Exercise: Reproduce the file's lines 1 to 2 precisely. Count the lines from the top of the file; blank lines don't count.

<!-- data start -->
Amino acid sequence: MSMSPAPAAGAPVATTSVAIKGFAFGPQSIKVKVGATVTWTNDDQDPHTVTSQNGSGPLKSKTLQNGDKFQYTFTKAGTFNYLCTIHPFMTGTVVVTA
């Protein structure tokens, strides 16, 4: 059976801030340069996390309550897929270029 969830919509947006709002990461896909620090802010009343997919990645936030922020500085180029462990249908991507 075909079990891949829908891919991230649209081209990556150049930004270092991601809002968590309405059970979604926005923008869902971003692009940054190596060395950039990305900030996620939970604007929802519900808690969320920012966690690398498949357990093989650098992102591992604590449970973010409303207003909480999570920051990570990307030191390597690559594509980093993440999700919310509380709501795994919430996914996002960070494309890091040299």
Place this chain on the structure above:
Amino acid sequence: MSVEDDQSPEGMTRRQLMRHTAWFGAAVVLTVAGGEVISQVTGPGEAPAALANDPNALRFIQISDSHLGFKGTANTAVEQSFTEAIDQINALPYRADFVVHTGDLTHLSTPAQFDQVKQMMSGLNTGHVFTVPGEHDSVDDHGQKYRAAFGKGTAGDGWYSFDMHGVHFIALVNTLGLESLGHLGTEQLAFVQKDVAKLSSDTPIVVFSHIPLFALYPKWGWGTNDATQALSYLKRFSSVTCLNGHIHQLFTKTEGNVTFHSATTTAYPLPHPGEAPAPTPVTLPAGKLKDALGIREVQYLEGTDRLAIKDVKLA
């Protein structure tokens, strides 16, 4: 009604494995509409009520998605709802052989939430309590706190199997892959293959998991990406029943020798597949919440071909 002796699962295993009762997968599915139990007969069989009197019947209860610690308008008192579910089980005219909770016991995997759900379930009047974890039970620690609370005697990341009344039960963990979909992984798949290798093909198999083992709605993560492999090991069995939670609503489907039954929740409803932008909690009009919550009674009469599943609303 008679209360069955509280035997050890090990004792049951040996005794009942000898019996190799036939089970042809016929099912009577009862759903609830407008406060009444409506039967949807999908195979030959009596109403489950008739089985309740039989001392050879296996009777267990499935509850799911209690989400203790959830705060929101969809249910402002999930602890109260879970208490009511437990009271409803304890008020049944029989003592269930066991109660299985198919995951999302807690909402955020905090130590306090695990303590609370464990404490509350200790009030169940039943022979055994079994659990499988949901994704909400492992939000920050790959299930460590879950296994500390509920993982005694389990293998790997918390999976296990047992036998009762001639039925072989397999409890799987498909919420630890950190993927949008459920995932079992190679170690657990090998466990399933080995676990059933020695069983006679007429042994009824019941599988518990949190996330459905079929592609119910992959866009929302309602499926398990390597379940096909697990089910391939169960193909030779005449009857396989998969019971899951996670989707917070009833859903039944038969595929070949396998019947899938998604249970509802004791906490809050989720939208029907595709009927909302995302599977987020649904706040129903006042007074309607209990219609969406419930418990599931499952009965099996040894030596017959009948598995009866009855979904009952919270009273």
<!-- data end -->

Amino acid sequence: MSMSPAPAAGAPVATTSVAIKGFAFGPQSIKVKVGATVTWTNDDQDPHTVTSQNGSGPLKSKTLQNGDKFQYTFTKAGTFNYLCTIHPFMTGTVVVTA
């Protein structure tokens, strides 16, 4: 059976801030340069996390309550897929270029 969830919509947006709002990461896909620090802010009343997919990645936030922020500085180029462990249908991507 075909079990891949829908891919991230649209081209990556150049930004270092991601809002968590309405059970979604926005923008869902971003692009940054190596060395950039990305900030996620939970604007929802519900808690969320920012966690690398498949357990093989650098992102591992604590449970973010409303207003909480999570920051990570990307030191390597690559594509980093993440999700919310509380709501795994919430996914996002960070494309890091040299």